All insurers have guidelines as to what they will and won't cover in respect of a claim surrounding pregnancy, and most insurers use the same guidelines.
The only time pregnancy needs to be declared to an insurer is if there have been any complications, and it has not been a straightforward pregnancy - these complications would then be classed as 'pre-existing conditions' and would need to be disclosed.
If a cause was found for your ectopic pregnancy - for example, blocked fallopian tubes, then this 'cause' would need to be declared to the insurer as a pre-existing medical condition.
If you're travelling in advance of any related surgery, only two providers offer 'waiting list cover', meaning they would pay out if you were taken ill 'unexpectedly' (that is, as long as it wasn't to do with simply requiring the planned treatment to be brought forward) in advance of your trip and unable to travel - All Clear and Good To Go.
It's also worth bearing in mind that if you will be travelling with your partner, don't be tempted to take out separate policies. You should take out one joint policy so that you would both be entitled to make a claim should either one of you be taken ill in advance of or during your trip.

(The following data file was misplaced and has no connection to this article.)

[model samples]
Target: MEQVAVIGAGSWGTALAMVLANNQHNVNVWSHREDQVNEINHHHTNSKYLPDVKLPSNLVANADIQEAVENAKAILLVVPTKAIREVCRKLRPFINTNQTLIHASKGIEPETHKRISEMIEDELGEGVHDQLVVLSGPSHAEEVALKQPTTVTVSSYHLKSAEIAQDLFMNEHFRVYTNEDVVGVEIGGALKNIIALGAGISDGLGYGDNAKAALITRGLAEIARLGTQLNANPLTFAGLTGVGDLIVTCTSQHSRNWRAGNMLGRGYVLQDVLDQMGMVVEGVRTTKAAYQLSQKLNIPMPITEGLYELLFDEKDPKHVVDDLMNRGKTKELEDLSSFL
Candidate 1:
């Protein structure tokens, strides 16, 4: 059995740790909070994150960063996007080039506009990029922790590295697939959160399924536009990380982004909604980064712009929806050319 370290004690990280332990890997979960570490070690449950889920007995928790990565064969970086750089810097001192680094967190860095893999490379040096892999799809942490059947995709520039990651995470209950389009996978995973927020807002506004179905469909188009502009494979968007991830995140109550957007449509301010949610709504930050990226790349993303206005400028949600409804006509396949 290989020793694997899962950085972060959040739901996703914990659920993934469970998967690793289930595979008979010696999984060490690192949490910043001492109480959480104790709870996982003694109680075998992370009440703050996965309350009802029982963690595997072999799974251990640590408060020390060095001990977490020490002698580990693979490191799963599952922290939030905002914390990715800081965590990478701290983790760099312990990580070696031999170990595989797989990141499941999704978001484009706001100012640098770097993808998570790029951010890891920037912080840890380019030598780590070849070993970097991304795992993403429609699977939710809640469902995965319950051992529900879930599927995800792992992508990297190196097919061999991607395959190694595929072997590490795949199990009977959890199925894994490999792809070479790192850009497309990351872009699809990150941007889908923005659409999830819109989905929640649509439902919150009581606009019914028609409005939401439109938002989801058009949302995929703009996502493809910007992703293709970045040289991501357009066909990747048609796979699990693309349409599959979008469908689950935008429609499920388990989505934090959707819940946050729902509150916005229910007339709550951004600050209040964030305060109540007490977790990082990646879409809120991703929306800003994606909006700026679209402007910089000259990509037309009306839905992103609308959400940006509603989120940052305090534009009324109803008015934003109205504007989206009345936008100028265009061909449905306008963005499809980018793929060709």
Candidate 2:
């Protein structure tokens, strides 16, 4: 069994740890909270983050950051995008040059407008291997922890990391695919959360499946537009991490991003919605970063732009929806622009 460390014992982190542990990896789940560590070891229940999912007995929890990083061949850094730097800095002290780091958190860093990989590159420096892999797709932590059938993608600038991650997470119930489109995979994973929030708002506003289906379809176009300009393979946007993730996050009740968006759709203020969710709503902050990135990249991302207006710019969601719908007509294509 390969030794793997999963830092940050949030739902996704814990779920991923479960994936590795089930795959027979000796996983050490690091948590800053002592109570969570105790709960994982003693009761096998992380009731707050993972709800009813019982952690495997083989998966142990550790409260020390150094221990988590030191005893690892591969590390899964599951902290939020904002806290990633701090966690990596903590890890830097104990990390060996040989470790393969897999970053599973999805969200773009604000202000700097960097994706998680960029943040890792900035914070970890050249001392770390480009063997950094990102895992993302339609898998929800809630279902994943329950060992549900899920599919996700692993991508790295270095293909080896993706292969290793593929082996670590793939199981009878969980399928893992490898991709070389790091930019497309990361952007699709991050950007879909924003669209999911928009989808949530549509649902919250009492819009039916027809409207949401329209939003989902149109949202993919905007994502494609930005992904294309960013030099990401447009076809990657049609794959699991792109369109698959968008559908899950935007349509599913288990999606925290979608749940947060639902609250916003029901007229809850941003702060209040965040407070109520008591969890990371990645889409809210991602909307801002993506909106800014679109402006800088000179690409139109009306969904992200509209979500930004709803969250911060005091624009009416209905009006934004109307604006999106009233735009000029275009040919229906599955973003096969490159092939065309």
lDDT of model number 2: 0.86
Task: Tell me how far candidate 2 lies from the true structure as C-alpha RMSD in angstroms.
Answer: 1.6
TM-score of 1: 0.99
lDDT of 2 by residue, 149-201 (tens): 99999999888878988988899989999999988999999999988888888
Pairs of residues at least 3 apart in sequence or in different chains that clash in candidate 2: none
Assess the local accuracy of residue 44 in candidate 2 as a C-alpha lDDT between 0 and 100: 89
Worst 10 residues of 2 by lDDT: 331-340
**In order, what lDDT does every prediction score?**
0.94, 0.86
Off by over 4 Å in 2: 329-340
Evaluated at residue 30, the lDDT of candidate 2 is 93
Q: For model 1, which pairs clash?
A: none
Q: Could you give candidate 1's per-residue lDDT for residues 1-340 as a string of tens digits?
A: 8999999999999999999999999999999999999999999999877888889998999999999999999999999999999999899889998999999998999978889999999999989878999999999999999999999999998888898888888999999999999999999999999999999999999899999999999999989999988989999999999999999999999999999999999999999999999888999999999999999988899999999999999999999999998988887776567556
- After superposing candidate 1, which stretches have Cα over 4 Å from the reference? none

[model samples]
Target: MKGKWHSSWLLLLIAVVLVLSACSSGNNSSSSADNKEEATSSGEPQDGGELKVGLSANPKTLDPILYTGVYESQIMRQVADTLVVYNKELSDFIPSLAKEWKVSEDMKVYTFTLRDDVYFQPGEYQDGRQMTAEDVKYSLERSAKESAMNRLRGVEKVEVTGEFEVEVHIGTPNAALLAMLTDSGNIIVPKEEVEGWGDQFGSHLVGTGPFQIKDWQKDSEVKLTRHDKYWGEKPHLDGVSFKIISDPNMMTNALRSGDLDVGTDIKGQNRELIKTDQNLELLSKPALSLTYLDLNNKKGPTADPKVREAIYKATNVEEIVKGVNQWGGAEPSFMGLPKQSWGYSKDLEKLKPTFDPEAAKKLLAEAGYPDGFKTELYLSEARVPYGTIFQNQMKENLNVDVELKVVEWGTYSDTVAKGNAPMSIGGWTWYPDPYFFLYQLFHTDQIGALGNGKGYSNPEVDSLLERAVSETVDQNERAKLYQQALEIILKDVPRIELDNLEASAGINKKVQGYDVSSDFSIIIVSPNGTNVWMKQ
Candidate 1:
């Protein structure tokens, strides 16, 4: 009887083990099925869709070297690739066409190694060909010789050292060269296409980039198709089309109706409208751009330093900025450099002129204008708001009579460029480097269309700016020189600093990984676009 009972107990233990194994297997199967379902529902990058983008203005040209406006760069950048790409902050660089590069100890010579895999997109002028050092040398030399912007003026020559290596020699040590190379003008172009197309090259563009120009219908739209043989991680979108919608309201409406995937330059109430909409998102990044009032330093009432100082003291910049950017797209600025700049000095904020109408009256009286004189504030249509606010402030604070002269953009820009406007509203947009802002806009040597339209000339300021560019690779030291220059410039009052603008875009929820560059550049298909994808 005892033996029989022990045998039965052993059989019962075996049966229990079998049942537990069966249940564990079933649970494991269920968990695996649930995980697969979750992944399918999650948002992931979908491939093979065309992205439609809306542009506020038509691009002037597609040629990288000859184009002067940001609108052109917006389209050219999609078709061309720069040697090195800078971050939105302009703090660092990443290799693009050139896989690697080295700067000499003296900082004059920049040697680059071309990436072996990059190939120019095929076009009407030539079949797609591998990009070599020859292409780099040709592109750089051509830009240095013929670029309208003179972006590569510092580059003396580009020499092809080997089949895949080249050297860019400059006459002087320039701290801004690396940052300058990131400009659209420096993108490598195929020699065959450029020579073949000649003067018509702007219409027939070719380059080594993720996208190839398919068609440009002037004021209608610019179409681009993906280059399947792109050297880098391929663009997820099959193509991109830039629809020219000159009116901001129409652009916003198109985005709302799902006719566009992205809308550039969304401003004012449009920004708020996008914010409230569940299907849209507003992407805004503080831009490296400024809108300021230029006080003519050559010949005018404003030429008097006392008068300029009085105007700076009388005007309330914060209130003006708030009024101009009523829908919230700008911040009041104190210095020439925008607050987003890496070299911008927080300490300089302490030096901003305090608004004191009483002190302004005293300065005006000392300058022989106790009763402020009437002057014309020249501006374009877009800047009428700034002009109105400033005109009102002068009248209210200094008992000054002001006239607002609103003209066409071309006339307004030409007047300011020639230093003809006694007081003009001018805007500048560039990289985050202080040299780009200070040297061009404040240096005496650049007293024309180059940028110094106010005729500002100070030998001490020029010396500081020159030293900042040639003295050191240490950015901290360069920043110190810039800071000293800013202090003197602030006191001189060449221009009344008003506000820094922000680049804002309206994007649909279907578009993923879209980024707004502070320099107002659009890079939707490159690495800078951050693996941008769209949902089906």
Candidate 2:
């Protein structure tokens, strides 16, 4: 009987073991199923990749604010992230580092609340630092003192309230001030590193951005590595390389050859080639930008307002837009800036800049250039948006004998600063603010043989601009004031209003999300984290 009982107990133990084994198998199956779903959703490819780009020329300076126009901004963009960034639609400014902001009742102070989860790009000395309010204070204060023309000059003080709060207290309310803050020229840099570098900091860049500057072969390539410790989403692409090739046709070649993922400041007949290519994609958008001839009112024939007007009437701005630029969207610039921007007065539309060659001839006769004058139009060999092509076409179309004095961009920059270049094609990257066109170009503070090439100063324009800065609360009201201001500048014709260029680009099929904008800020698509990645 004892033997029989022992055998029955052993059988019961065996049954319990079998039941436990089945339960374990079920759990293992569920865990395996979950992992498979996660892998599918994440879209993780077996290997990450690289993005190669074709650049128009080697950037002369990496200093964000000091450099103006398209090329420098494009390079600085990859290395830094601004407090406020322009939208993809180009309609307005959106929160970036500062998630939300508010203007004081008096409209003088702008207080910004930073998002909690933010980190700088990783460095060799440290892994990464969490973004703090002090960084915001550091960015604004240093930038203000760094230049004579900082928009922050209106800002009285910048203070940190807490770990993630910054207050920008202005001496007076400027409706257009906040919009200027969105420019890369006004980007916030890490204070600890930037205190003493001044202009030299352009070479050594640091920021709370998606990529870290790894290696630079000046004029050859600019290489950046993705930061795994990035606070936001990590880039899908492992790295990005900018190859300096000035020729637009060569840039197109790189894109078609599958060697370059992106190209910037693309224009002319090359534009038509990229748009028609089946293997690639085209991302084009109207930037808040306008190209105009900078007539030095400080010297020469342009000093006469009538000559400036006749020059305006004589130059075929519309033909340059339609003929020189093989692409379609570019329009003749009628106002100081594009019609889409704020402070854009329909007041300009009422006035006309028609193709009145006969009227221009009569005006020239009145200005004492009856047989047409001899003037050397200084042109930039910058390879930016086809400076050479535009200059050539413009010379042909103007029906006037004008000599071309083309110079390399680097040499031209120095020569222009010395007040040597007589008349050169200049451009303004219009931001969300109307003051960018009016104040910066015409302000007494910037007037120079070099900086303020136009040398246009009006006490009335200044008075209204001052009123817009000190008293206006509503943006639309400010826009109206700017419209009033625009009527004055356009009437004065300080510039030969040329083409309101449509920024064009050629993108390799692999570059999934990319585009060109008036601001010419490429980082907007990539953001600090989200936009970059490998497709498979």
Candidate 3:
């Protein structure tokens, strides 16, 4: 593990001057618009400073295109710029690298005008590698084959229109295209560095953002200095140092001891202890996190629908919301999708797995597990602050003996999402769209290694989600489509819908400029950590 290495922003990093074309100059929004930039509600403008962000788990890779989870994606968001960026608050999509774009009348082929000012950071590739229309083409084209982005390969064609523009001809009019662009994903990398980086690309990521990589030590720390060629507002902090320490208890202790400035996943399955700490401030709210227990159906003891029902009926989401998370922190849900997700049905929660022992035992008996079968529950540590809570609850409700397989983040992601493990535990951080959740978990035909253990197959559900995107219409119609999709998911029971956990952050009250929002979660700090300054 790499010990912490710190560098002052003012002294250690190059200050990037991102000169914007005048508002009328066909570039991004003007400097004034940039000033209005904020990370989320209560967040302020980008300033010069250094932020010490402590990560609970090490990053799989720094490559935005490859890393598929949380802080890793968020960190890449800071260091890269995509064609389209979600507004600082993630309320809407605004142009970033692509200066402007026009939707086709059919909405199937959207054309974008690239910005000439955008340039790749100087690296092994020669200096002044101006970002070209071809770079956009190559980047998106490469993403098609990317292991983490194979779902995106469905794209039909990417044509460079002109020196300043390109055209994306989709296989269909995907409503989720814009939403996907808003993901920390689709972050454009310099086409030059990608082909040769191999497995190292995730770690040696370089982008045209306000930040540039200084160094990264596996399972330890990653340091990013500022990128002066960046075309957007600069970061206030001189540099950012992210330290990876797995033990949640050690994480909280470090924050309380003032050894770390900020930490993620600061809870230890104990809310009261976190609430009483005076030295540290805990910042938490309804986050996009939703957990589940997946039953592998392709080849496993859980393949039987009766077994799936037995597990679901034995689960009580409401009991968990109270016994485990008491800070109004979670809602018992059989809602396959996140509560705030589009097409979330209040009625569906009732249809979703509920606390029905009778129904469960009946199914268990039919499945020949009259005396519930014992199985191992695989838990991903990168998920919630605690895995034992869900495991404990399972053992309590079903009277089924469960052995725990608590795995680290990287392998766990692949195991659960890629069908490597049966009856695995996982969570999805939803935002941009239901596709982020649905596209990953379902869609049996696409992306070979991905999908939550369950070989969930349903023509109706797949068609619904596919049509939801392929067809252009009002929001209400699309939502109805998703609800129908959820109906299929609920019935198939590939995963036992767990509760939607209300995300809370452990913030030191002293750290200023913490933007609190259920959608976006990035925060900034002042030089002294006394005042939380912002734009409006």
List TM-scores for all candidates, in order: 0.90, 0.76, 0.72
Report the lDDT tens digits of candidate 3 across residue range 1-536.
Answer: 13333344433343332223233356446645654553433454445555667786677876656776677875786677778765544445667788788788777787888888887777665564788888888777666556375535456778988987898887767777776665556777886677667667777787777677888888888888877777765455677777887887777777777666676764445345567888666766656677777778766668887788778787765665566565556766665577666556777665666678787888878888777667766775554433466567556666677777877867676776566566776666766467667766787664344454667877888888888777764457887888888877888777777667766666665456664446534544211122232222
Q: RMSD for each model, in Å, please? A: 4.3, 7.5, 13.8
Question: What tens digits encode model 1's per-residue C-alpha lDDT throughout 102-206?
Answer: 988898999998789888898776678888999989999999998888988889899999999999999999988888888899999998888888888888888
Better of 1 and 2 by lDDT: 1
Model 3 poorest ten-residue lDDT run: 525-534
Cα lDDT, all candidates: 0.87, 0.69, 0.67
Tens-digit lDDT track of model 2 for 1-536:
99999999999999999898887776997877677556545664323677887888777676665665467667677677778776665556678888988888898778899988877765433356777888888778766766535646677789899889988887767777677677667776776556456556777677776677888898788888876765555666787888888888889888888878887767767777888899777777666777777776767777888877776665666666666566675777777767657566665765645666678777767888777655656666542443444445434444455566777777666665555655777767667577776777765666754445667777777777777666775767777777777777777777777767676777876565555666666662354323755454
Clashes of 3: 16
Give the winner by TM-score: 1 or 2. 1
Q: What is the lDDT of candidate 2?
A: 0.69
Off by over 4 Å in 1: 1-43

More generally, provided a traveller has declared pre-existing medical conditions (and the insurer has accepted them), then these would be covered under an insurance policy, so should an unexpected recurrence occur, or if the condition were to unexpectedly facilitate the need for the trip to be cancelled, then you would be covered to claim.
If there is no cause for the ectopic pregnancy, and it is just one of those unfortunate things that occurs, then there is nothing to declare to the insurer. A traveller having suffered from an ectopic pregnancy should not have any problems buying further travel insurance, nor should they be penalised for having suffered from this previously.
Beth Macer is a travel insurance expert at PayingTooMuch.com